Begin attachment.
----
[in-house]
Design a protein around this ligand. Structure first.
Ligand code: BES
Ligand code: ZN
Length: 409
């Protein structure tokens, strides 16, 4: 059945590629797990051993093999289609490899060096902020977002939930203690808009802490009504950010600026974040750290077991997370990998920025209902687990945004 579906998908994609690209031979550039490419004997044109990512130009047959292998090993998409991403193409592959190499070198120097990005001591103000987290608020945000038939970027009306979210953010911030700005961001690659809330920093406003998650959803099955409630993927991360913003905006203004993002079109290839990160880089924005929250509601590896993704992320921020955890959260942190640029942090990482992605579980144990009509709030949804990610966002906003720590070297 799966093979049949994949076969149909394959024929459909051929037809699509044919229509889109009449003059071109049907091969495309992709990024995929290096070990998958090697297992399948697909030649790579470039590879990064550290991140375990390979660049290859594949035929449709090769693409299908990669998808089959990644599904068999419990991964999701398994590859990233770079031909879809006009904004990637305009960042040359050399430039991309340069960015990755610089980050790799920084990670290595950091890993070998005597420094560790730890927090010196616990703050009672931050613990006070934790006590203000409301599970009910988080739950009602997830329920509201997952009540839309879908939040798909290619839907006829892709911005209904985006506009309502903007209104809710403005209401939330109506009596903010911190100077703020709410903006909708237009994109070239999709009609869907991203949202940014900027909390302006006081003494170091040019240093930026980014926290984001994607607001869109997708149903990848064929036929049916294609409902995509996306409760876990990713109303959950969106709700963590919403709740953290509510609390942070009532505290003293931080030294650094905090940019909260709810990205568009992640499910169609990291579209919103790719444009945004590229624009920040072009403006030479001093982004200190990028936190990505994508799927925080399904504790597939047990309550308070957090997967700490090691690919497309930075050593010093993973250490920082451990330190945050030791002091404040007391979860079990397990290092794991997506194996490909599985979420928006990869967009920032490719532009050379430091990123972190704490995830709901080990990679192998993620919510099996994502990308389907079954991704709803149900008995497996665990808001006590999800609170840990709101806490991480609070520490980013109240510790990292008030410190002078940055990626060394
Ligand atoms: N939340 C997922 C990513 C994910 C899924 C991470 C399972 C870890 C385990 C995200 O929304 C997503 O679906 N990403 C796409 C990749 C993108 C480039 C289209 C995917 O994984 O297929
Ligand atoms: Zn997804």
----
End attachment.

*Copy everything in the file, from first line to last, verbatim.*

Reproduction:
[in-house]
Design a protein around this ligand. Structure first.
Ligand code: BES
Ligand code: ZN
Length: 409
């Protein structure tokens, strides 16, 4: 059945590629797990051993093999289609490899060096902020977002939930203690808009802490009504950010600026974040750290077991997370990998920025209902687990945004 579906998908994609690209031979550039490419004997044109990512130009047959292998090993998409991403193409592959190499070198120097990005001591103000987290608020945000038939970027009306979210953010911030700005961001690659809330920093406003998650959803099955409630993927991360913003905006203004993002079109290839990160880089924005929250509601590896993704992320921020955890959260942190640029942090990482992605579980144990009509709030949804990610966002906003720590070297 799966093979049949994949076969149909394959024929459909051929037809699509044919229509889109009449003059071109049907091969495309992709990024995929290096070990998958090697297992399948697909030649790579470039590879990064550290991140375990390979660049290859594949035929449709090769693409299908990669998808089959990644599904068999419990991964999701398994590859990233770079031909879809006009904004990637305009960042040359050399430039991309340069960015990755610089980050790799920084990670290595950091890993070998005597420094560790730890927090010196616990703050009672931050613990006070934790006590203000409301599970009910988080739950009602997830329920509201997952009540839309879908939040798909290619839907006829892709911005209904985006506009309502903007209104809710403005209401939330109506009596903010911190100077703020709410903006909708237009994109070239999709009609869907991203949202940014900027909390302006006081003494170091040019240093930026980014926290984001994607607001869109997708149903990848064929036929049916294609409902995509996306409760876990990713109303959950969106709700963590919403709740953290509510609390942070009532505290003293931080030294650094905090940019909260709810990205568009992640499910169609990291579209919103790719444009945004590229624009920040072009403006030479001093982004200190990028936190990505994508799927925080399904504790597939047990309550308070957090997967700490090691690919497309930075050593010093993973250490920082451990330190945050030791002091404040007391979860079990397990290092794991997506194996490909599985979420928006990869967009920032490719532009050379430091990123972190704490995830709901080990990679192998993620919510099996994502990308389907079954991704709803149900008995497996665990808001006590999800609170840990709101806490991480609070520490980013109240510790990292008030410190002078940055990626060394
Ligand atoms: N939340 C997922 C990513 C994910 C899924 C991470 C399972 C870890 C385990 C995200 O929304 C997503 O679906 N990403 C796409 C990749 C993108 C480039 C289209 C995917 O994984 O297929
Ligand atoms: Zn997804």